NOTE TO READERS: This is one of several reports that look at what the candidates for South Dakota governor are emphasizing on their campaign websites ahead of the November 8 general election.
PIERRE, S.D. (KELO) — When it comes to state government granting financial aid to people who provide child care, only one of South Dakota’s candidates for governor addresses the issue on her campaign website.
Republican Governor Kristi Noem devotes a page to it, while her challengers, Democrat Jamie Smith and Libertarian Tracey Quint, don’t say on their sites what they will do.
But Noem also doesn’t clarify the $100 million she talks about wasn’t money state government collected from taxpayers. Instead, the $100 million was entirely COVID-19 aid that the federal government sent to South Dakota.
The money eventually became a point of contention between the governor and some lawmakers from her own party.
During the October 5, 2020, special session that focused on the coronavirus pandemic, state lawmakers passed legislation amending state government’s 2021 budget, so that nearly $1.4 billion could be accepted from the federal government and put into what was called the coronavirus stimulus pool.
The legislation’s second section said, “Funds appropriated by this Act which are unspent at the end of fiscal year 2021 may be carried over to fiscal year 2022.”
South Dakota received $100 million for child care grants the next year as part of the American Rescue Plan Act passed by Congress and signed into law by President Joe Biden in March 2021. Noem announced in December 2021 that the state Department of Social Services would take applications from registered and licensed child-care providers.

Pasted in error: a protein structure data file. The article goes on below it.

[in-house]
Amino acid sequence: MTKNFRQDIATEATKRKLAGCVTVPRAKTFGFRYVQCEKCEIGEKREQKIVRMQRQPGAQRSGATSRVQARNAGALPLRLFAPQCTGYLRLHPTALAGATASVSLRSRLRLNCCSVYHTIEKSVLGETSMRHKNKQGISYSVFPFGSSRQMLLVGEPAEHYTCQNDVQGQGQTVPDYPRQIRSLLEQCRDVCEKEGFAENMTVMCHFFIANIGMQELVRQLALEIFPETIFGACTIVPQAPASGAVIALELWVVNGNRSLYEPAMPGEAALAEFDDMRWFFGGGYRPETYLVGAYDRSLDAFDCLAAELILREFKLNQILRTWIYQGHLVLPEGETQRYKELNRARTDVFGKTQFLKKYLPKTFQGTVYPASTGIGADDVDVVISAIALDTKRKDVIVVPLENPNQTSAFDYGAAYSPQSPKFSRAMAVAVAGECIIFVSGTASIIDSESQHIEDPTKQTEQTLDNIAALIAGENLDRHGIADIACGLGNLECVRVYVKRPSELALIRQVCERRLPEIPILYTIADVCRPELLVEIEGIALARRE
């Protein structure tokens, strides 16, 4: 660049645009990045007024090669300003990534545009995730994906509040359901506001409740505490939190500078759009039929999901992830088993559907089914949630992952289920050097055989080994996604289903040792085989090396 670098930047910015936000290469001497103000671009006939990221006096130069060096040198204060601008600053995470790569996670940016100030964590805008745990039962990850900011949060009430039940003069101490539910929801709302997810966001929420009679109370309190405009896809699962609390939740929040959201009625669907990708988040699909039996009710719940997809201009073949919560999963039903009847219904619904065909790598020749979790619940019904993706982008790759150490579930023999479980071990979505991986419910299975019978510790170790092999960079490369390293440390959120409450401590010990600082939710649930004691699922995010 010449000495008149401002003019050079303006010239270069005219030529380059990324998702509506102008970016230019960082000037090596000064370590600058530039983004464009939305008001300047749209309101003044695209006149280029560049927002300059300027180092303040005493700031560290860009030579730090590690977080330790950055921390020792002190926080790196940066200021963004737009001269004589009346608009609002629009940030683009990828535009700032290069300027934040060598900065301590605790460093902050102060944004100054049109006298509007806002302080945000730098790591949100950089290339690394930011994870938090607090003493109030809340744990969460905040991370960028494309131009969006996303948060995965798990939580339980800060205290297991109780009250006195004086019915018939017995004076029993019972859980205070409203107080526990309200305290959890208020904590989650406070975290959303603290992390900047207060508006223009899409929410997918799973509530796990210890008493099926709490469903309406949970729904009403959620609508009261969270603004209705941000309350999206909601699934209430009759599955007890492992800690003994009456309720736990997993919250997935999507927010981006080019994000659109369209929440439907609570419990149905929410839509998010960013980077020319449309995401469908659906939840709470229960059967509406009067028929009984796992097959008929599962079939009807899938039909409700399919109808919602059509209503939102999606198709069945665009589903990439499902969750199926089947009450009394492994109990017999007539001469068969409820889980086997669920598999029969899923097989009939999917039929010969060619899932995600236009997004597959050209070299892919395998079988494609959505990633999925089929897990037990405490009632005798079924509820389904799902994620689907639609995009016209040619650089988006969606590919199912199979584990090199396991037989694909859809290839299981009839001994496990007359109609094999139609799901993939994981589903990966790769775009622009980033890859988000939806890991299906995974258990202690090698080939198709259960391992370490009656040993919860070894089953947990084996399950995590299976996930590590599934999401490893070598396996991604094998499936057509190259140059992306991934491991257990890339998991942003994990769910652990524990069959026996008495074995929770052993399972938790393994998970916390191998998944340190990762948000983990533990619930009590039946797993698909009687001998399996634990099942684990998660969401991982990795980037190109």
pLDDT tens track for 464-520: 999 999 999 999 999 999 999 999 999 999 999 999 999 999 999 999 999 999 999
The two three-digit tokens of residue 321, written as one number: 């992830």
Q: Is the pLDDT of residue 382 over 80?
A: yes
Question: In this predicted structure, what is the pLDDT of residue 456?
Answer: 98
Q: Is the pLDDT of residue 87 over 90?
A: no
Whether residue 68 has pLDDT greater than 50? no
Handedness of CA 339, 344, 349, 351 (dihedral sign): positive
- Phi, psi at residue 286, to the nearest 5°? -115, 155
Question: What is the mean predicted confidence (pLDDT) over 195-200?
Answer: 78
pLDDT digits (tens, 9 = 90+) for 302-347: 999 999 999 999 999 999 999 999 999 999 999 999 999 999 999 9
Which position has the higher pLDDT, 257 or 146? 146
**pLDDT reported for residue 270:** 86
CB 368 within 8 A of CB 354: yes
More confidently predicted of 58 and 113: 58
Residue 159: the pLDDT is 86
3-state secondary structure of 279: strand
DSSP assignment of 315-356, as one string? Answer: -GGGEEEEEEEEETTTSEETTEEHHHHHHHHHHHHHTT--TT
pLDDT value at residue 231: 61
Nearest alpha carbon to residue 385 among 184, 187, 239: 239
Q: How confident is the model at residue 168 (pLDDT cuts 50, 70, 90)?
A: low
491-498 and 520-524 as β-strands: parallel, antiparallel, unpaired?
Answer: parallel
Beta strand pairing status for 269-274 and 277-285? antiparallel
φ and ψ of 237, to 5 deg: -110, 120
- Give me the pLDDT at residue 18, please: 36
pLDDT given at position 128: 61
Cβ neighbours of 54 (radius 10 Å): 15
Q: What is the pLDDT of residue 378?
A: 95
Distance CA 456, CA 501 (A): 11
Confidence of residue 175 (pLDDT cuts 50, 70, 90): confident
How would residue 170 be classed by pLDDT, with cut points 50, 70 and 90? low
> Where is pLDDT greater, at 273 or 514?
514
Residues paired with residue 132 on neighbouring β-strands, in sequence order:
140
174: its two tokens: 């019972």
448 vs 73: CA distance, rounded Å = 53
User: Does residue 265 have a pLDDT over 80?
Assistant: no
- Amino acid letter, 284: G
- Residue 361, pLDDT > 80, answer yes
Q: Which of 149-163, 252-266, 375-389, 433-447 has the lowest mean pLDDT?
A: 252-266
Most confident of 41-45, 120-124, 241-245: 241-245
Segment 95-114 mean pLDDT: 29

Her announcement set off a negative response from some unlicensed child-care providers, who contacted some legislators, wondering why they weren’t included.
During the 2022 legislative session, lawmakers on the Appropriations Committee then crafted a measure addressing some $62 million of the $100 million. The committee endorsed it 15-3 on February 7. That was despite a long line of opponents who testified, including Laurie Gill, who heads the state Department of Social Services for the governor.
That day the majority of appropriators, especially from the House, took the position that the money needed to be part of state government’s budget before state government could distribute it in grants to the providers. Their argument was that, without the legislation, the money wouldn’t be in the budget for the governor to distribute in grants to the providers.
State senators took a different position. They voted 35-0 on February 9 for a resolution supporting the governor. The resolution said that she had authority to spend federal funds up to the amount set in that year’s state budget and “urged and instructed (the government) to act in a timely manner for the best interests of our citizens in issuing grants from federal funds.”
That unanimous vote included the nine senators from the Appropriations Committee. The House meanwhile twice deferred action on adding the $62 million to the state budget. Then on February 17, the House voted 58-9 to table the appropriations bill, meaning it died without any debate. Smith, the House Democrats’ leader, was one of the 58.
As for Noem, her campaign website says she is now working on how to distribute the remaining $38 million.